It's dubbed "Killer Mountain," a name that will be hardly comforting to family members of two climbers lost on the peak in Pakistan since the weekend. Alberto Zerain Berasatei of Spain and Mariano Galacan of Argentina were part of a team that began climbing the world's ninth-highest mountain, Nanga Parbat, this month. But while all other team members have returned to base camp, Berasatei, 55, and Galacan, 37, are missing, reports Reuters. The owner of tour company Summit Karakoram, which arranged the climb, tells AFP the pair reached a height of 20,000 feet last week but were then forced to spend three days in a tent due to bad weather. "They pushed for the summit again as the weather got better but lost contact with our staff," he says.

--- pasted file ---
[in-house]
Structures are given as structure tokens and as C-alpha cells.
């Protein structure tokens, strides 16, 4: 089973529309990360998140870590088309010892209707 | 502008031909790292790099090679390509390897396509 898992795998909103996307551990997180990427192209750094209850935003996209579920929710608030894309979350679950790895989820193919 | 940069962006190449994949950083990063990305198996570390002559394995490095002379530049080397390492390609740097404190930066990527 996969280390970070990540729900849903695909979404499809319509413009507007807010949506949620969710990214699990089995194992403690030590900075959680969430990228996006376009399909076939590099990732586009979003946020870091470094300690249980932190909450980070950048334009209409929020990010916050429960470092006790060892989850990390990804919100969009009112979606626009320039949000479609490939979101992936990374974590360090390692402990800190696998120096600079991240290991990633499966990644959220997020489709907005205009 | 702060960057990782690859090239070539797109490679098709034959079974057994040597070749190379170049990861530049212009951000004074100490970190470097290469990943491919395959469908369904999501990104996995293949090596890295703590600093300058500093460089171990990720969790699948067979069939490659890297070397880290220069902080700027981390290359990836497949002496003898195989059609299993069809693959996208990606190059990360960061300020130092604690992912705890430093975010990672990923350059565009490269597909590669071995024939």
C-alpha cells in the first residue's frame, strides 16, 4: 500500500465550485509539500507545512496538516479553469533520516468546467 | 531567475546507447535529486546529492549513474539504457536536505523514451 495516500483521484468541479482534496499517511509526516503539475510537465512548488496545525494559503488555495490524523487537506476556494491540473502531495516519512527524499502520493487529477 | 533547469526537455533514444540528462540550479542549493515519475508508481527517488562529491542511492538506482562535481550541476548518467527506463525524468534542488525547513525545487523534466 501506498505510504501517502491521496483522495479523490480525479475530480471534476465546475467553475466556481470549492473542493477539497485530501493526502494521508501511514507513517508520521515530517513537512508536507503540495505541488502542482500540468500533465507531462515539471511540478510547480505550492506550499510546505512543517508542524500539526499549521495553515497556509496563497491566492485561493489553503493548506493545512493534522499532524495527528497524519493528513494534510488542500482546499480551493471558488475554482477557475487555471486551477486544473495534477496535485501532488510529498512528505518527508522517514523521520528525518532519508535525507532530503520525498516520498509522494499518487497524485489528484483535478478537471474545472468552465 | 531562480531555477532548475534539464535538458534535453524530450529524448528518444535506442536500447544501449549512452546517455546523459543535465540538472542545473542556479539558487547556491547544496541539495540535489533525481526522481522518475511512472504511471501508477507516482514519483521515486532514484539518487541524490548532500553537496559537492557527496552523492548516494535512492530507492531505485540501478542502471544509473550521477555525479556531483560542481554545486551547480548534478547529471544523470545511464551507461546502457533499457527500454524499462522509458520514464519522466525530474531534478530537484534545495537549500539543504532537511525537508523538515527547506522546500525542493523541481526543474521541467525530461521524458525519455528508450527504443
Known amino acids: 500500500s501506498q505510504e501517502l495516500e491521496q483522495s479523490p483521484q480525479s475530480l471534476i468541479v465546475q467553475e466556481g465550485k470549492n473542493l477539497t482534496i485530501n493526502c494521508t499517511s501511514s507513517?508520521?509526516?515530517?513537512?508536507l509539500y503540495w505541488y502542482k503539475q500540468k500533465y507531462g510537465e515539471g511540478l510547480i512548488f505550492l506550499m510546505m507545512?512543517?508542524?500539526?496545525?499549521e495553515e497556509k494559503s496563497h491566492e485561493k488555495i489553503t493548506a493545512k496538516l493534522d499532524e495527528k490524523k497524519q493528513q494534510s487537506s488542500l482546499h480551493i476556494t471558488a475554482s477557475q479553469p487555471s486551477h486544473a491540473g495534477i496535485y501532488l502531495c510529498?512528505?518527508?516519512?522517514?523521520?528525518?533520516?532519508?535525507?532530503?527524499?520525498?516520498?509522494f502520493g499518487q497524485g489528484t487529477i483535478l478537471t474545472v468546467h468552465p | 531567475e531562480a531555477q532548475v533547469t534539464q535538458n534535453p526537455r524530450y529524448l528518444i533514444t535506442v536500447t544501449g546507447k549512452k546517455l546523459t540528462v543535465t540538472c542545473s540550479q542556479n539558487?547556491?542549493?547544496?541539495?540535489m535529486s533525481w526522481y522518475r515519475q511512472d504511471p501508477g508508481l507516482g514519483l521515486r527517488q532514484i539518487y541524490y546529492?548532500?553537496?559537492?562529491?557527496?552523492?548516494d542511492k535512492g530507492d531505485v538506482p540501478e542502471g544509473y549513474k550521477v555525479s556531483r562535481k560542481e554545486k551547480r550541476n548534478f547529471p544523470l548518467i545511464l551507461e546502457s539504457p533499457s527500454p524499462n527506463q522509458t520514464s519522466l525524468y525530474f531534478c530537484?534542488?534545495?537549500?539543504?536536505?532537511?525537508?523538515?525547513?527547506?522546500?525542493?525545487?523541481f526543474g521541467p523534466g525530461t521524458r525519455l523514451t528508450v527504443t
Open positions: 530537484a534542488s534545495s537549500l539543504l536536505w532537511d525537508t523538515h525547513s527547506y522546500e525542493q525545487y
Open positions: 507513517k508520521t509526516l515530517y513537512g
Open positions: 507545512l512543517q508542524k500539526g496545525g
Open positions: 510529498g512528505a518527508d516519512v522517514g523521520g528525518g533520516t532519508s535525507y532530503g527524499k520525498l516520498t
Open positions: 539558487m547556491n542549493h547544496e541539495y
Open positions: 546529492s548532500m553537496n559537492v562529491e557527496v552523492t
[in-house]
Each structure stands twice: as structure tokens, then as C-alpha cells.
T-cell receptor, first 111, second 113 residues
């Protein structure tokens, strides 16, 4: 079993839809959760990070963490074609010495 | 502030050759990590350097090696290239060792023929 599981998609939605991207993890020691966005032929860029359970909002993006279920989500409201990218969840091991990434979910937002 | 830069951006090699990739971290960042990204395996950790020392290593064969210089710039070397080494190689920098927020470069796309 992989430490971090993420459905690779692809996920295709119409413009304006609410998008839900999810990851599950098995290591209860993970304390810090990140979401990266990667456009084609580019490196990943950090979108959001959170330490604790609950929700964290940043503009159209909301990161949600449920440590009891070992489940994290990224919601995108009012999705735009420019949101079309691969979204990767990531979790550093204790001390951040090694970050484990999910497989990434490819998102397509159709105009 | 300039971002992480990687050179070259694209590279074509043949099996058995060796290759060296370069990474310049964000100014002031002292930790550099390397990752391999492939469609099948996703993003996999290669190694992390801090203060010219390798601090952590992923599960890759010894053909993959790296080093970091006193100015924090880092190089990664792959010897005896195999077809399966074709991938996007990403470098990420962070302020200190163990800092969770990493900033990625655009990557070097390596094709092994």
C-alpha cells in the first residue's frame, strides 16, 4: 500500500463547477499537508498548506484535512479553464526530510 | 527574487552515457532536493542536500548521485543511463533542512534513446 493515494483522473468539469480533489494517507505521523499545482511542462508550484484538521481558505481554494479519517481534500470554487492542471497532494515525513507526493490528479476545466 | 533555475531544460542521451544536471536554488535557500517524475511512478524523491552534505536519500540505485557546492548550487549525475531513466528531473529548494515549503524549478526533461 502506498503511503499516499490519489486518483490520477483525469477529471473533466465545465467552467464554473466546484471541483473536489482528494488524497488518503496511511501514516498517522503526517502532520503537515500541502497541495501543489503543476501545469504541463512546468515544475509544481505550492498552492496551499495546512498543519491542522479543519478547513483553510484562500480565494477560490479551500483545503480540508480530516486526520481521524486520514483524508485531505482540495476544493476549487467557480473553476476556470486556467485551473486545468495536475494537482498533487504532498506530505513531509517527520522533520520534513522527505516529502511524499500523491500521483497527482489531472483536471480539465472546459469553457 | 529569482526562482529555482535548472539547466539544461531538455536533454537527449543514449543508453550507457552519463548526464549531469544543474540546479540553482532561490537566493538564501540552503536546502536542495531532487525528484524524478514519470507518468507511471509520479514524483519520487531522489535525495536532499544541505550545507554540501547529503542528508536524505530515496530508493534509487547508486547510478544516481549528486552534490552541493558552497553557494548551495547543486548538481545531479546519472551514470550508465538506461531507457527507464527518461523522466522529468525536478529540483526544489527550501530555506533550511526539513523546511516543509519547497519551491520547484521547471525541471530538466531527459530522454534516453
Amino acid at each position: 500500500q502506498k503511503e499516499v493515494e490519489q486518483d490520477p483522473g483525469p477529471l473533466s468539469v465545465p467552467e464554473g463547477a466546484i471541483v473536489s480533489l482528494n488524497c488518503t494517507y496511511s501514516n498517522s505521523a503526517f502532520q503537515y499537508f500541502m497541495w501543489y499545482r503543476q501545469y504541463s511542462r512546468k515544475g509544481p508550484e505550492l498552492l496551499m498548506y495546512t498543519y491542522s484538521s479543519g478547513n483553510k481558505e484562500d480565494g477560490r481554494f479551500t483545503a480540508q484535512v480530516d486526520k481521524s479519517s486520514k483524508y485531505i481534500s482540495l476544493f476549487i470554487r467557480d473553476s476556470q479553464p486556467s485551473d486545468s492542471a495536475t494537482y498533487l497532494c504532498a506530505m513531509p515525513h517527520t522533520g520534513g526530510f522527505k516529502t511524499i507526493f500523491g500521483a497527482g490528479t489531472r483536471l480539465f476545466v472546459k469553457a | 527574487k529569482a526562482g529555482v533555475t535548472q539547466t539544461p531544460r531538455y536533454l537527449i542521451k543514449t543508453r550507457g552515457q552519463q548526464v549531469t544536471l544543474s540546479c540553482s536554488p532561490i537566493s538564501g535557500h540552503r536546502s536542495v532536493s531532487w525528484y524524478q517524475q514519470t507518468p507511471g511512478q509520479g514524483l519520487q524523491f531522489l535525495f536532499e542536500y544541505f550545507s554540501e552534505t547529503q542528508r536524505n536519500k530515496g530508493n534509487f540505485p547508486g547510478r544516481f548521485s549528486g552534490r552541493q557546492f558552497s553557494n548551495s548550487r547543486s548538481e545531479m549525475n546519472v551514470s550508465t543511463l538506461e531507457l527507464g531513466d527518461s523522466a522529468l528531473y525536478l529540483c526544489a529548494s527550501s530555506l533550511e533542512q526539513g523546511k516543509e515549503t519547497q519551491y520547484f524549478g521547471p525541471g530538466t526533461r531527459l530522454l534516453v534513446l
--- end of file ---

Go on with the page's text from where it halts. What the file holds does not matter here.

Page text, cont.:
The owner adds sherpas believe the climbers are above 23,000 feet on the 26,660-foot-tall mountain, a height he says is "impossible" for rescuers—though Reuters reports rescuers were scouring the mountain Wednesday as poor weather kept helicopters grounded. A rep for Summit Karakoram tells Xinhua that the "altitude is not considered dangerous, but the two mountaineers chose the hardest route which has been successfully completed only once in history." Hopes of finding the men alive don't appear to be high. "In such weather conditions and without adequate food supply, survival appears unlikely," says a rep for the Alpine Club of Pakistan. Xinhua reports the climbers may have fallen victim to an avalanche that forced rescuers to turn back. (Three corpses were taken off Everest, and not without controversy.)